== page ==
Under Georgia’s New Law, A Miscarriage Can Initiate A Criminal Investigation

Charlotte Cooper / Flickr / CC BY 2.0

Georgian women who have a miscarriage can face an investigation into whether they underwent an abortion procedure.

A newly signed abortion law in Georgia and a proposed abortion ban in Alabama seeking to challenge Roe v Wade have given way to a slew of misconceptions, including that women violating those statues could face life in prison, according to a report by the Washington Post.

In Georgia, the law will ban abortions once the physician can detect a heartbeat--about 6 weeks into pregnancy--which is earlier than many women even realize they are pregnant, according to the Post.

The Alabama law, which has yet to go through the state’s Senate, goes a step further, prohibiting abortion from the moment the fetus is in the uterus. Notably, that proposal only excludes cases in which the mother’s health is in serious risk, not cases for rape or incest.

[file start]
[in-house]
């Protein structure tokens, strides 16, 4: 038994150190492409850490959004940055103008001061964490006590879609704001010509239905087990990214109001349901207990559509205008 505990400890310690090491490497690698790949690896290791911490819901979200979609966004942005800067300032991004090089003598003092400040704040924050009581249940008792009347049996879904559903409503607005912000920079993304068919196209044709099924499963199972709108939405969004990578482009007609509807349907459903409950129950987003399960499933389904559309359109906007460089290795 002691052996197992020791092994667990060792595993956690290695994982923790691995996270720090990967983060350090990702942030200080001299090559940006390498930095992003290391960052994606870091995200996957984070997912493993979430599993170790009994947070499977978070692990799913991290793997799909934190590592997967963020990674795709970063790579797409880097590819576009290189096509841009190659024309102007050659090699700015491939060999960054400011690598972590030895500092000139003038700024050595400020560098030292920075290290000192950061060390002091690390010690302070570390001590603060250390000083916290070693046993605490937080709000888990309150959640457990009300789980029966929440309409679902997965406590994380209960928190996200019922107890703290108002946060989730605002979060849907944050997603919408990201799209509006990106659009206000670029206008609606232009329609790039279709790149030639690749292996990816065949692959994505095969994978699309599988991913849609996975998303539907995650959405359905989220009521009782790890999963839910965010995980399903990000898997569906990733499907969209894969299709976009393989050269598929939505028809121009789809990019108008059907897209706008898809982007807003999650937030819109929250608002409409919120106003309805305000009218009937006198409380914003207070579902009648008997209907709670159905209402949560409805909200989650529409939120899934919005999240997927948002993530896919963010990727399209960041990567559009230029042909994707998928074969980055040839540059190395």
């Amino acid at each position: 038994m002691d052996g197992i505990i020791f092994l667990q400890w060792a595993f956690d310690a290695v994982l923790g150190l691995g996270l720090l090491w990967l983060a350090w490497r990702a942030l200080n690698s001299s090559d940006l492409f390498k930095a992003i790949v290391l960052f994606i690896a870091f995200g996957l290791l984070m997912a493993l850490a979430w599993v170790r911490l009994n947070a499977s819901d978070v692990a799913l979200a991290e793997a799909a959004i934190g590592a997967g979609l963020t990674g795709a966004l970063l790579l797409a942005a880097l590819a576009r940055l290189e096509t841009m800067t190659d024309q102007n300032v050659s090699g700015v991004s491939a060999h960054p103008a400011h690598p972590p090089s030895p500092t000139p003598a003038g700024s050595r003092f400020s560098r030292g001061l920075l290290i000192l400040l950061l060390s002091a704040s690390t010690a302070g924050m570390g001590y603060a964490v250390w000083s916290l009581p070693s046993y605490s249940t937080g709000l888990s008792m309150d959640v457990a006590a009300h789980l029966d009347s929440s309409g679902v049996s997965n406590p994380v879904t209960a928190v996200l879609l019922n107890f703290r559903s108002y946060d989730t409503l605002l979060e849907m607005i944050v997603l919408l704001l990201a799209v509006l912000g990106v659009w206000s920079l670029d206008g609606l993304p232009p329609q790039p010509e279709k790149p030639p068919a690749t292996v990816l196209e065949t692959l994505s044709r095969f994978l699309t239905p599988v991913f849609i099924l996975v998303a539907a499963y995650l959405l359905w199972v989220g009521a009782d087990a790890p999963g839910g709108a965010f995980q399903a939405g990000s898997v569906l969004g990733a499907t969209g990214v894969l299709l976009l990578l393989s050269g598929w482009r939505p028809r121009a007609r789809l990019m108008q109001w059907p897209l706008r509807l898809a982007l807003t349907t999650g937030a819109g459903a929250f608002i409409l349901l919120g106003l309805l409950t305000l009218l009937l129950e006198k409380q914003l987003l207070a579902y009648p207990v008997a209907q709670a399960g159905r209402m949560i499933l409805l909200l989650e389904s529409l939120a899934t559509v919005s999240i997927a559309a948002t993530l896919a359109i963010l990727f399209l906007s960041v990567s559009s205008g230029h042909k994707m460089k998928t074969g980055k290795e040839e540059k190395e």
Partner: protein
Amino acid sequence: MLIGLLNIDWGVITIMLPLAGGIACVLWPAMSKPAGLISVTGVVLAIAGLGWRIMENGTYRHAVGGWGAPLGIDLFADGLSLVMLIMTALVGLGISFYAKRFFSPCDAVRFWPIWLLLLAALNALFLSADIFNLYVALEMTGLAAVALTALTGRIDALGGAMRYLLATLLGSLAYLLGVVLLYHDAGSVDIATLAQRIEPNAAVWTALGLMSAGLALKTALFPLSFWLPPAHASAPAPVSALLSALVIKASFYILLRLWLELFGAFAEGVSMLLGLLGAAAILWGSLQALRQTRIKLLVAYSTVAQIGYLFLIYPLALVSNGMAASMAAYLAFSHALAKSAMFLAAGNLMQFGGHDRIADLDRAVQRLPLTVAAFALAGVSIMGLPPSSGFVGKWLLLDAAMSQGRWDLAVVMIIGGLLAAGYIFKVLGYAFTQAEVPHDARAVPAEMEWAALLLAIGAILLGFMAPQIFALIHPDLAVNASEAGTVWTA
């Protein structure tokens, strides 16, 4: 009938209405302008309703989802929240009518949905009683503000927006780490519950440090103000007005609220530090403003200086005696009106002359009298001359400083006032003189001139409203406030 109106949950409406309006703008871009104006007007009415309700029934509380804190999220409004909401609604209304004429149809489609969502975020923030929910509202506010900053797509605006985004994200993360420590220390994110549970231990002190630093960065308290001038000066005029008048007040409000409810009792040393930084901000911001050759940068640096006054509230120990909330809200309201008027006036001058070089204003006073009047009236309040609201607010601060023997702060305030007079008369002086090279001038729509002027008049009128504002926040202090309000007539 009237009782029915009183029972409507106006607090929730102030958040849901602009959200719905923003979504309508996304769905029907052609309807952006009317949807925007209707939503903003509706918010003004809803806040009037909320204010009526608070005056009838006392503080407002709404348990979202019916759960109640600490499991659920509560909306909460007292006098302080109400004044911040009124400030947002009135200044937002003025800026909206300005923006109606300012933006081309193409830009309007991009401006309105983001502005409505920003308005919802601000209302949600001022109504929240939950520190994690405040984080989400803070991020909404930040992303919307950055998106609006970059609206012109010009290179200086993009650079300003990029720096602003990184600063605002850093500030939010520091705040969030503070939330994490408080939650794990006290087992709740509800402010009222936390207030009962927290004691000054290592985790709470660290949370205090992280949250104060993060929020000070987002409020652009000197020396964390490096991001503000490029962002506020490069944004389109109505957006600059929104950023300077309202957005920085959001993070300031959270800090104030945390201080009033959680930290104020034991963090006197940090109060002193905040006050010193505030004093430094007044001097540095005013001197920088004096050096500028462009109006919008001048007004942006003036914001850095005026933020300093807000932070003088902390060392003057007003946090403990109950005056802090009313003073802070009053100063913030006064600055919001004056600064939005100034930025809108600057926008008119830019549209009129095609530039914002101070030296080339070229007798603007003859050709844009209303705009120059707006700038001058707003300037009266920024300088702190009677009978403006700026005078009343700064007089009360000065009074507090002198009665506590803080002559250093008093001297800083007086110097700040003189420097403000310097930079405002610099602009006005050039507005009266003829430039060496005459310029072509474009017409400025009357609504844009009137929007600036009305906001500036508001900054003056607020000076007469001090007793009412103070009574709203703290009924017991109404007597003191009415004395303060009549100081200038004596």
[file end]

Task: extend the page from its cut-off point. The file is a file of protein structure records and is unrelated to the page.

Earlier this week, a number of outlets, including Slate, published news suggesting women aborting in Georgia could face death or life in prison. That is incorrect. While the statue in Georgia does not contain a provision protecting women from liability, the state’s penal code has clauses that defend women who miscarry, according to the Post.

“The news headlines and social media headlines that speculate about the bills’ unintended consequences are – at the very least – not productive. At most, they’re harmful,” said Planned Parenthood’s Staci Fox.

But women who have miscarriages could face an investigation into whether someone performed an abortion illegaly.

“You don’t want a woman to be forced to prove how she lost her baby,” said Columbia Law School professor Carol Sanger.

In Alabama, criminal liability would fall of doctors, who could face up to 99 years in prison, according to state representative Terri Collins, who sponsored the bill.

Read the full story here.